Iowa Public Television

 

Starlink Worries Continue

posted on November 17, 2000


One of the remaining crimps in the farm economy is the small nagging problem that just won't go away. Starlink corn has become a genetic pariah that now has grain traders and processors concerned.

In September, the GE Food Alert, a group of environmental activists searching for genetically modified organisms in food, found Starlink corn in a minute amount in certain brands of taco shells. The strain of corn, which contains the CRY-9-C protein, has the potential to cause allergic reactions in humans. It is for this reason the corn is restricted for use only in animal feed.

The tainted products were recalled. Aventis offered a 25-cent per bushel bounty on Starlink corn. The biotech giant went on to tell elevator operators and processors the company would pick up the tab for disposal of any remaining product. The problem however has not been solved.

Starlink Worries Continue The ripples appear to be going out further than expected. Japan, the major importer of U.S. grain, and not a big fan of biotech products, is now looking for other places to get its corn. As of this week, at least 200-thousand tons of the annual 16-million ton Japanese supply will come from China. It is not clear if this trend will continue.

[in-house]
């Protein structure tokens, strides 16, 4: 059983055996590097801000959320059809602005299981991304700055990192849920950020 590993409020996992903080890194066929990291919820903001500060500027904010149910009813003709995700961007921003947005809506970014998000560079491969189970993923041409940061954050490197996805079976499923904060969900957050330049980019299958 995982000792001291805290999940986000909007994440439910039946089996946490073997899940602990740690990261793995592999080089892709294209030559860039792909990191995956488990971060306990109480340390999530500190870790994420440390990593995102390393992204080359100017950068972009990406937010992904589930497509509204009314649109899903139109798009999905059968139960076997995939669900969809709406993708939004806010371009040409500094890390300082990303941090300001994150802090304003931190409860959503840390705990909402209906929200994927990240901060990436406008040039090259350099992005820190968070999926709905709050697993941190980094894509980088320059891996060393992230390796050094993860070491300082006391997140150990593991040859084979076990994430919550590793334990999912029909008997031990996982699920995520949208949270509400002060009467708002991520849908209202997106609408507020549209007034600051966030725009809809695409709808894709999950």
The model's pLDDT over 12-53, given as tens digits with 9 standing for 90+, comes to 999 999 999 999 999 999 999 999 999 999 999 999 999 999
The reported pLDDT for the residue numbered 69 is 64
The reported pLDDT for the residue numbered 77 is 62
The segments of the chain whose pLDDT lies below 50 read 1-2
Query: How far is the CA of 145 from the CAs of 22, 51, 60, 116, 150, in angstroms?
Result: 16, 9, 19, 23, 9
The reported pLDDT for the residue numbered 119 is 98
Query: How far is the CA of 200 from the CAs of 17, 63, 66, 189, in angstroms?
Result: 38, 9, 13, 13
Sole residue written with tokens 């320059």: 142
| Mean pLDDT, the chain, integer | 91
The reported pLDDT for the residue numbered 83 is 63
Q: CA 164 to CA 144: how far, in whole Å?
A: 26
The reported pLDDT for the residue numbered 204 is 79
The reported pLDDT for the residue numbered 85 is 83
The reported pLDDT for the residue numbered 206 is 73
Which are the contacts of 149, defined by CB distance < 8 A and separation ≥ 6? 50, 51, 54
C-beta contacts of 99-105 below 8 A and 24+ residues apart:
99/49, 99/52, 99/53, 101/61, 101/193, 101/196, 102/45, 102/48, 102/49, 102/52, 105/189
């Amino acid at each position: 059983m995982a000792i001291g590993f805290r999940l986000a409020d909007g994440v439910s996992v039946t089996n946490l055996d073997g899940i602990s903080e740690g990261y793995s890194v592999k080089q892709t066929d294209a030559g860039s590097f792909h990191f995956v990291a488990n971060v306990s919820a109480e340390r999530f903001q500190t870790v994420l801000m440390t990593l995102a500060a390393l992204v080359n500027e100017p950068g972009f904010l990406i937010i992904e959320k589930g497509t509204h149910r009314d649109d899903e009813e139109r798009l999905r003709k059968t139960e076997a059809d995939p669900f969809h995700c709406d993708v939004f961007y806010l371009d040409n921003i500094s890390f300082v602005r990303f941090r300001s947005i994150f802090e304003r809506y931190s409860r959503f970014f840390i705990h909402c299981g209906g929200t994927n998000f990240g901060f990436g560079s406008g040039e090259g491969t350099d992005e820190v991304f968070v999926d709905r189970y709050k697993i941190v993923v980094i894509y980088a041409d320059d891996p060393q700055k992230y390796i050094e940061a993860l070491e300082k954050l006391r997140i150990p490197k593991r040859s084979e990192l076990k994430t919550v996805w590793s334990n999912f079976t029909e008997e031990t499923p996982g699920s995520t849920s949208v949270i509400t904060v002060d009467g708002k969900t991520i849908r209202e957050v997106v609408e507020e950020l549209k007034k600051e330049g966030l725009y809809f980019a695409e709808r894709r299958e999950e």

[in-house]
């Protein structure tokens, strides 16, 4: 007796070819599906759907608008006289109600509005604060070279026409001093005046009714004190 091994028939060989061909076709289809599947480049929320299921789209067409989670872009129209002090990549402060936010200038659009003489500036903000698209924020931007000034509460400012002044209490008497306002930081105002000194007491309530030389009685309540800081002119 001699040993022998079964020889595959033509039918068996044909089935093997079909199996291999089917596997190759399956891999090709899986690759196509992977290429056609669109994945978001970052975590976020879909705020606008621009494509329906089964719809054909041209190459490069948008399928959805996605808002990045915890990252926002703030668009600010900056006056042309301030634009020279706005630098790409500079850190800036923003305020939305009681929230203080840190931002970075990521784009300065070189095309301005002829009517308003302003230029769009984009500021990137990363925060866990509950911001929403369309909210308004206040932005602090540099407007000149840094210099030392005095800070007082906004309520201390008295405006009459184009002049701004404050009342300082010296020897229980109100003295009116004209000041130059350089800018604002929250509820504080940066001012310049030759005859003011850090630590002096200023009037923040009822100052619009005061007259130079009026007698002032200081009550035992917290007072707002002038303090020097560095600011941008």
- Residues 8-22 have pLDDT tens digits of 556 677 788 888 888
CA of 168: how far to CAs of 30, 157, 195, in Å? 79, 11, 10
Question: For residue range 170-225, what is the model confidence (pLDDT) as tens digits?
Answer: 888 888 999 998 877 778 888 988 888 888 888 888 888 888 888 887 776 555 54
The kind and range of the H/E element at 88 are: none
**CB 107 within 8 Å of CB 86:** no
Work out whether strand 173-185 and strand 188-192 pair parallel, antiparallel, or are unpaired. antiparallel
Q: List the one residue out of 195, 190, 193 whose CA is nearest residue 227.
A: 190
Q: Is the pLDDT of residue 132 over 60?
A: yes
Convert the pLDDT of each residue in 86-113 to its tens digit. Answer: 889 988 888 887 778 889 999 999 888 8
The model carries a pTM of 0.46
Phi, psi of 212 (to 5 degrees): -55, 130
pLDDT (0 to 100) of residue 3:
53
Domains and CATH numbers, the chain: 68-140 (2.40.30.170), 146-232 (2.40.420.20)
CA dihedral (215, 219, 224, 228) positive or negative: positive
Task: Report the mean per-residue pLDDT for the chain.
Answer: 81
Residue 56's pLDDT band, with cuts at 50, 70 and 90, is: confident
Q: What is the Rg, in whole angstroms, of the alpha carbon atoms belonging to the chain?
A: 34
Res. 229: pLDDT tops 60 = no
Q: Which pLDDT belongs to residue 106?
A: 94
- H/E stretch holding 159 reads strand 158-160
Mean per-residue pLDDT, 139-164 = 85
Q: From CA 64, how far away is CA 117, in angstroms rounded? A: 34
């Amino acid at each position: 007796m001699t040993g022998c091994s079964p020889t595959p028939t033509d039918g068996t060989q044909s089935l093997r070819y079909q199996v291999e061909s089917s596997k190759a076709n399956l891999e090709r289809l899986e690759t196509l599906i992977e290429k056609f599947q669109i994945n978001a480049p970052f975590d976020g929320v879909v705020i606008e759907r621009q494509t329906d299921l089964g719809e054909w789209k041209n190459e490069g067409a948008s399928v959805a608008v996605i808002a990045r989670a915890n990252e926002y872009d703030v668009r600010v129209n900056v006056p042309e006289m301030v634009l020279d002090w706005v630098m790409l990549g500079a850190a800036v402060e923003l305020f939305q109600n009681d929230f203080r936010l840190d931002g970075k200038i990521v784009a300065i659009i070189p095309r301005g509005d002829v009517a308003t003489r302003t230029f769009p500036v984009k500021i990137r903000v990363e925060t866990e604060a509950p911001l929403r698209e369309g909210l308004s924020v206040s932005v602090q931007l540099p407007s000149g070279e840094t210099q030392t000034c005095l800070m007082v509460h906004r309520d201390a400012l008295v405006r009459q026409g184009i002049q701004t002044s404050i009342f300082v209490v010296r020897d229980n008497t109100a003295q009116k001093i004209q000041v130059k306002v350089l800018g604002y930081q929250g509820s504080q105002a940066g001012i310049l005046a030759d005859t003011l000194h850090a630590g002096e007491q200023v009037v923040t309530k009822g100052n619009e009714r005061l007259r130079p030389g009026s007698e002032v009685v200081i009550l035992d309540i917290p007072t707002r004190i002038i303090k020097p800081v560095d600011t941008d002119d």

For its part, Aventis Crop Science, part of the Strasbourg, France based pharmaceutical company Aventis, voluntarily agreed to remove Starlink from the market. The company has also petitioned the Environmental Protection Agency for a tolerance based permit to allow any Starlink already commingled in the system to be consumed by human beings over the next four years.

Company scientists have new data they believe proves the current level of contamination is not enough to cause an allergic reaction. The E-P-A, the agency which issues permits for pesticide based GMOs like Starlink, will make a decision after a public meeting to be held at the end of the month.

Aventis is now looking to spin off or sell its life sciences division. With this move, the drug giant joins the club of big companies trying to distance themselves from their biotech cost centers. The elite group includes former farm chemical and life sciences mega-company Monsanto.


Tags: agriculture controversy corn crops genetic engineering news